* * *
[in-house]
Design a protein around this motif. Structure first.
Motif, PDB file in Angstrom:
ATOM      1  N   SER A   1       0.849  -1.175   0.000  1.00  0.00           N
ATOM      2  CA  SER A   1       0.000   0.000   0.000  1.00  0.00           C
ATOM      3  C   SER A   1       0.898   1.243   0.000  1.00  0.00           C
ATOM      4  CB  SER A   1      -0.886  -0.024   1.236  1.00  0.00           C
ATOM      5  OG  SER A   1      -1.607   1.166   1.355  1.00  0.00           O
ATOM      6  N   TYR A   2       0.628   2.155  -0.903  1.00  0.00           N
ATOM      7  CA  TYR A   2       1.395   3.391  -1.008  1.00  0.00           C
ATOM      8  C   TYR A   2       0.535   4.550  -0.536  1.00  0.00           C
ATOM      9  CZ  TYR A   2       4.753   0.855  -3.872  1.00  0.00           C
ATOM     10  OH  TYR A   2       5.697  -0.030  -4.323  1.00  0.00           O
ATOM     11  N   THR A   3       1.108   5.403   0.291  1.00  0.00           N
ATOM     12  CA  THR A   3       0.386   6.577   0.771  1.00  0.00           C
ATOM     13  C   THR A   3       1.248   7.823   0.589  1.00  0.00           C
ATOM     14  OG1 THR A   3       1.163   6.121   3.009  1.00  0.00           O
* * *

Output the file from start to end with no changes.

[in-house]
Design a protein around this motif. Structure first.
Motif, PDB file in Angstrom:
ATOM      1  N   SER A   1       0.849  -1.175   0.000  1.00  0.00           N
ATOM      2  CA  SER A   1       0.000   0.000   0.000  1.00  0.00           C
ATOM      3  C   SER A   1       0.898   1.243   0.000  1.00  0.00           C
ATOM      4  CB  SER A   1      -0.886  -0.024   1.236  1.00  0.00           C
ATOM      5  OG  SER A   1      -1.607   1.166   1.355  1.00  0.00           O
ATOM      6  N   TYR A   2       0.628   2.155  -0.903  1.00  0.00           N
ATOM      7  CA  TYR A   2       1.395   3.391  -1.008  1.00  0.00           C
ATOM      8  C   TYR A   2       0.535   4.550  -0.536  1.00  0.00           C
ATOM      9  CZ  TYR A   2       4.753   0.855  -3.872  1.00  0.00           C
ATOM     10  OH  TYR A   2       5.697  -0.030  -4.323  1.00  0.00           O
ATOM     11  N   THR A   3       1.108   5.403   0.291  1.00  0.00           N
ATOM     12  CA  THR A   3       0.386   6.577   0.771  1.00  0.00           C
ATOM     13  C   THR A   3       1.248   7.823   0.589  1.00  0.00           C
ATOM     14  OG1 THR A   3       1.163   6.121   3.009  1.00  0.00           O